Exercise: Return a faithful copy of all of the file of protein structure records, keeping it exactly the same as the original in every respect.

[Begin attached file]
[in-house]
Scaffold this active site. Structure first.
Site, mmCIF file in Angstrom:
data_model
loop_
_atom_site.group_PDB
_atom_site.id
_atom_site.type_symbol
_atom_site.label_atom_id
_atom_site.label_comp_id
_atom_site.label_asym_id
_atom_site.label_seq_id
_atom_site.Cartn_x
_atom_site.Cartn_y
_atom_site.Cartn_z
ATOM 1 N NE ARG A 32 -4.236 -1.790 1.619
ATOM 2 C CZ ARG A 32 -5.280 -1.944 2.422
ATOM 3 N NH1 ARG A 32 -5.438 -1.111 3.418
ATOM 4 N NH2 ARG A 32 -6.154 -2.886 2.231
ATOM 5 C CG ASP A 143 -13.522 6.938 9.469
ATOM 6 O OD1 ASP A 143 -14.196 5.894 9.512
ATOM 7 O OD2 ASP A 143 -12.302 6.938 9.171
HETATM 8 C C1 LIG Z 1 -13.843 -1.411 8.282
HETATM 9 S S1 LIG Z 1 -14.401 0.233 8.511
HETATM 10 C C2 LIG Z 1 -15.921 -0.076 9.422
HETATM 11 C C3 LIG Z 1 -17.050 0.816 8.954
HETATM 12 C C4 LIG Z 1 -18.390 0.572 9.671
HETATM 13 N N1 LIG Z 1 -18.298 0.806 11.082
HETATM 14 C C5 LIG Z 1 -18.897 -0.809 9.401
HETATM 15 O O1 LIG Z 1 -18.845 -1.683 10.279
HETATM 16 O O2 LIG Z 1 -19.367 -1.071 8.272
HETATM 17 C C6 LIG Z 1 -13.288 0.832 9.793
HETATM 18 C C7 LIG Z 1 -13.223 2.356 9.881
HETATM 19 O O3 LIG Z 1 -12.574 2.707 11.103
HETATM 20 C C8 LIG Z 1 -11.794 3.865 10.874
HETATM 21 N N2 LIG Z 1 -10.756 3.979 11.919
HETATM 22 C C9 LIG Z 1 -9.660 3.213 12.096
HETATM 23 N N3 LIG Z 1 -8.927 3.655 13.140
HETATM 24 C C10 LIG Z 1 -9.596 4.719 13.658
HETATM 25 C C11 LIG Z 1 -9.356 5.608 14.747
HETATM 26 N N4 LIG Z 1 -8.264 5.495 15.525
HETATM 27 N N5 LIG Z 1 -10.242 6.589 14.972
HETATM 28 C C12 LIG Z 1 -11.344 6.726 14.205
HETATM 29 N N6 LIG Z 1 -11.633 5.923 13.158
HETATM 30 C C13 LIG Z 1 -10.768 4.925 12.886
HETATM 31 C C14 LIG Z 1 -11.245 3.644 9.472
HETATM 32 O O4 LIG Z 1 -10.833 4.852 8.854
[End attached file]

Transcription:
[in-house]
Scaffold this active site. Structure first.
Site, mmCIF file in Angstrom:
data_model
loop_
_atom_site.group_PDB
_atom_site.id
_atom_site.type_symbol
_atom_site.label_atom_id
_atom_site.label_comp_id
_atom_site.label_asym_id
_atom_site.label_seq_id
_atom_site.Cartn_x
_atom_site.Cartn_y
_atom_site.Cartn_z
ATOM 1 N NE ARG A 32 -4.236 -1.790 1.619
ATOM 2 C CZ ARG A 32 -5.280 -1.944 2.422
ATOM 3 N NH1 ARG A 32 -5.438 -1.111 3.418
ATOM 4 N NH2 ARG A 32 -6.154 -2.886 2.231
ATOM 5 C CG ASP A 143 -13.522 6.938 9.469
ATOM 6 O OD1 ASP A 143 -14.196 5.894 9.512
ATOM 7 O OD2 ASP A 143 -12.302 6.938 9.171
HETATM 8 C C1 LIG Z 1 -13.843 -1.411 8.282
HETATM 9 S S1 LIG Z 1 -14.401 0.233 8.511
HETATM 10 C C2 LIG Z 1 -15.921 -0.076 9.422
HETATM 11 C C3 LIG Z 1 -17.050 0.816 8.954
HETATM 12 C C4 LIG Z 1 -18.390 0.572 9.671
HETATM 13 N N1 LIG Z 1 -18.298 0.806 11.082
HETATM 14 C C5 LIG Z 1 -18.897 -0.809 9.401
HETATM 15 O O1 LIG Z 1 -18.845 -1.683 10.279
HETATM 16 O O2 LIG Z 1 -19.367 -1.071 8.272
HETATM 17 C C6 LIG Z 1 -13.288 0.832 9.793
HETATM 18 C C7 LIG Z 1 -13.223 2.356 9.881
HETATM 19 O O3 LIG Z 1 -12.574 2.707 11.103
HETATM 20 C C8 LIG Z 1 -11.794 3.865 10.874
HETATM 21 N N2 LIG Z 1 -10.756 3.979 11.919
HETATM 22 C C9 LIG Z 1 -9.660 3.213 12.096
HETATM 23 N N3 LIG Z 1 -8.927 3.655 13.140
HETATM 24 C C10 LIG Z 1 -9.596 4.719 13.658
HETATM 25 C C11 LIG Z 1 -9.356 5.608 14.747
HETATM 26 N N4 LIG Z 1 -8.264 5.495 15.525
HETATM 27 N N5 LIG Z 1 -10.242 6.589 14.972
HETATM 28 C C12 LIG Z 1 -11.344 6.726 14.205
HETATM 29 N N6 LIG Z 1 -11.633 5.923 13.158
HETATM 30 C C13 LIG Z 1 -10.768 4.925 12.886
HETATM 31 C C14 LIG Z 1 -11.245 3.644 9.472
HETATM 32 O O4 LIG Z 1 -10.833 4.852 8.854